Query Numbering: The figure for T2 above shows how numbers inside the ( ) parenthesis correspond to the query's amino acid (AA) or BP numbers, while those outside correspond to the BP's of the contig itself. The innermost AA/BP numbers, closest to the query name, are used to indicate where box shading starts and ends. The numbers on the other side of the | symbol corresponds to the first or last AA/BP of the full-length query. In the example above, we can see T2 is 59AA long, however, shading is only applied between AA's 1-35. If we were not interested in the shading option, we could just set the "end shading" number to 59 so that the entire box was filled with the same color.

Contig Numbering: Continuing outside the ( ) parenthesis, a single space separates similar sets of numbers used to indicate where on the contig to draw the box. These are simply the contig BP numbers that correspond to the start and stop of the shading and full-length query numbers as discussed above. Again, the numbers closest to the query name refer to shading, while those on the other side of the | symbol correspond to the full-length query sequence. When using DNA query sequences, the difference between the first and last shading and full-length numbers should be the same for the contig space as it is for the query space. Since our example query sequences are proteins, the difference between the first and last contig DNA coordinates have been multiplied by three to account for codons. It is important to note that SimpleSynteny's regular mode assumes there are no introns in coding sequences. If you need to take introns into consideration you will need to manually edit your CMAPs using Advanced Mode and represent each exon as a separate entry. One more space in each direction is used to separate the final [ ] square brackets which denote the boundary of the query entry.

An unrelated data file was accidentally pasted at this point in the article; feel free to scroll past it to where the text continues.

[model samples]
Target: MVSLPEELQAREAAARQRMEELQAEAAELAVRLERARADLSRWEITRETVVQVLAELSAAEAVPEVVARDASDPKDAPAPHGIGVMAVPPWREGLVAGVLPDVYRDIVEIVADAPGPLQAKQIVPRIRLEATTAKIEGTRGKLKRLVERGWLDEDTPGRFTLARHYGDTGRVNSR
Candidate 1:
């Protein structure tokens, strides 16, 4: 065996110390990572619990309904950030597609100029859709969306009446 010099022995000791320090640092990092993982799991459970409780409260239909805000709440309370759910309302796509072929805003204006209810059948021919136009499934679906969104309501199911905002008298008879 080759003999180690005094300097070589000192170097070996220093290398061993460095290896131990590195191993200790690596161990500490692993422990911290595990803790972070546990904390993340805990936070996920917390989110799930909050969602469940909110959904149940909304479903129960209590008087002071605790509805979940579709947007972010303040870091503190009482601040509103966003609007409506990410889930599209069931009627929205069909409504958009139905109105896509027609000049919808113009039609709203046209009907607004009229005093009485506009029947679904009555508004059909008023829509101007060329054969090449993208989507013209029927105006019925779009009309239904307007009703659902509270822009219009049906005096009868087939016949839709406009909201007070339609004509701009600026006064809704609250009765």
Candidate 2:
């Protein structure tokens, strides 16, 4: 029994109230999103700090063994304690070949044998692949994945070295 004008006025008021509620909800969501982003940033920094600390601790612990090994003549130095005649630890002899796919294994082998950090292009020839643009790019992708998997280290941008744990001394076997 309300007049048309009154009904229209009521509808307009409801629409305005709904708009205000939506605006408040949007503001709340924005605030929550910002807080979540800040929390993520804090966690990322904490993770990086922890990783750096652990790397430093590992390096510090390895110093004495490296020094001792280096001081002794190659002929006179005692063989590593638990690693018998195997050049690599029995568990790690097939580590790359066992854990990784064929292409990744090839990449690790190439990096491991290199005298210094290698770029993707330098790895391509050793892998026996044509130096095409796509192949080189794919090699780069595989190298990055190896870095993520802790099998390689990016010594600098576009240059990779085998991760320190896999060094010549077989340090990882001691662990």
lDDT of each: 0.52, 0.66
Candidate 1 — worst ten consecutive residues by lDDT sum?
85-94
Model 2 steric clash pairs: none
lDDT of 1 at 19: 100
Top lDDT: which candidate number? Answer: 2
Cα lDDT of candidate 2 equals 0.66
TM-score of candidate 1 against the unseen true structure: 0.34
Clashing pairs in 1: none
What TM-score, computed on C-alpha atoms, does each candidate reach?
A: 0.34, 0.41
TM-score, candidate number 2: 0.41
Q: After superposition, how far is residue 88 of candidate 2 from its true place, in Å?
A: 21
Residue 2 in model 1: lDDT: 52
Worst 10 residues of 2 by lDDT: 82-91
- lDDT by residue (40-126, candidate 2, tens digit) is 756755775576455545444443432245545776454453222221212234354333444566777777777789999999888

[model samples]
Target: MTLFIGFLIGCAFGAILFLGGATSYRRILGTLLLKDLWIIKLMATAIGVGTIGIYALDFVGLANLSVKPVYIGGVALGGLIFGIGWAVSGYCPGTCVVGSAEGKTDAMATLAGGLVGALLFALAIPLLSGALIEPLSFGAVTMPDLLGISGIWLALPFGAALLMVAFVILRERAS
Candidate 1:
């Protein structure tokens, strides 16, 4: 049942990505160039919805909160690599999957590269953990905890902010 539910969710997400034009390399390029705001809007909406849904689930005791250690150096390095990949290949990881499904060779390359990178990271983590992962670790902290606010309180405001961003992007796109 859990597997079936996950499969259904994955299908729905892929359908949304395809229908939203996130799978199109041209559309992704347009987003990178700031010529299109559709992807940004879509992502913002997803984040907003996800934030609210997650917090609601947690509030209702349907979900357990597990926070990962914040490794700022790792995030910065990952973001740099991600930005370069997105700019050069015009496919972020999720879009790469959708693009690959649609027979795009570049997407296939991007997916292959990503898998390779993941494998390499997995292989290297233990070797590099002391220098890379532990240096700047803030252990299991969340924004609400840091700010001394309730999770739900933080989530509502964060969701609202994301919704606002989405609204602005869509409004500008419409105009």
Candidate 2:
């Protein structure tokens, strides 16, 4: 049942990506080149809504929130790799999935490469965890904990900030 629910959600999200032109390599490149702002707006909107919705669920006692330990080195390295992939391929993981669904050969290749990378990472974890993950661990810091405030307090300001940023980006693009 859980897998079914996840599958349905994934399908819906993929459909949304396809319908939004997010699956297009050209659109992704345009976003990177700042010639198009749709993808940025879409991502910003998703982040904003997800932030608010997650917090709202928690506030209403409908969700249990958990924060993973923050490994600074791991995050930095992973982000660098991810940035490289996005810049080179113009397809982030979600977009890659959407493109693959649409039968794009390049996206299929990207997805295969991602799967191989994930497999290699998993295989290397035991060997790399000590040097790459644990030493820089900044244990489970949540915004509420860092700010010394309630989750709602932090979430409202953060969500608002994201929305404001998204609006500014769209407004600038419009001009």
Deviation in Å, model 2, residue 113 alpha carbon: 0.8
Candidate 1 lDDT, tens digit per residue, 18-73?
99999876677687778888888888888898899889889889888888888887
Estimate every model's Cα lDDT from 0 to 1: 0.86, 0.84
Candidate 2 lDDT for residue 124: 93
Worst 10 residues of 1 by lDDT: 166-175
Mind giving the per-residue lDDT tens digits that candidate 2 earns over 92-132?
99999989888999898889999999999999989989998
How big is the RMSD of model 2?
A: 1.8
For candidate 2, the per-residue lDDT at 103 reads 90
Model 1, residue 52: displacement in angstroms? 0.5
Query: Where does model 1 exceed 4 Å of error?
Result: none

We can now consider this query like the following line:

Multiple genes can be inserted inside a contig, they just need to be separated by two spaces on either side of them.

Valid Numbers: In order for a CMAP line to be valid, numbers to the left of the query name should be less than the corresponding numbers on the right. For example, the first contig BP number must always be less than the end BP number. Query sequences must not be longer than the size of their residing contig, and shading numbers must always be equal to or fit within the range of the full-length sequence.

Removing Gene Directions: Advanced Mode also allows you to remove directionality from a gene entirely by placing == on both sides of a gene name. The following example shows Ami1 drawn as a rectangle without direction:

Contig1 {1 [ 2193|3193 (1|1 == Ami1 == 2351|6351) 7685|8685 ] [ 12393|12393 (1|1 Cia30 ==> 756|756) 13148|13148 ] 14000}

Now that you understand the CMAP format, you can use Advanced Mode to make the following adjustments to your image:
  • Edit or remove unwanted query fragments found by BLAST with the main program (use the CMAPs provided with the original output as a starting template).
  • Add in separate entries to represent introns and exons.
  • Customize gene shading to highlight particular areas of interest.
  • Remove gene directions and display them as basic rectangles.
  • Manually insert genes of importance if you need to use a certain BLAST E-value cutoff but a gene of interest is being left out.
  • Make manual images for teaching purposes etc.

If you encounter any problems with SimpleSyntey please e-mail Dan Veltri at: Dan.Veltri@gmail.com. Please include "SimpleSynteny" in the subject line and include your CMAP files in addition to a detailed explanation of the problem so we can better help you. We also encourage feedback for changes and/or improvements to the program.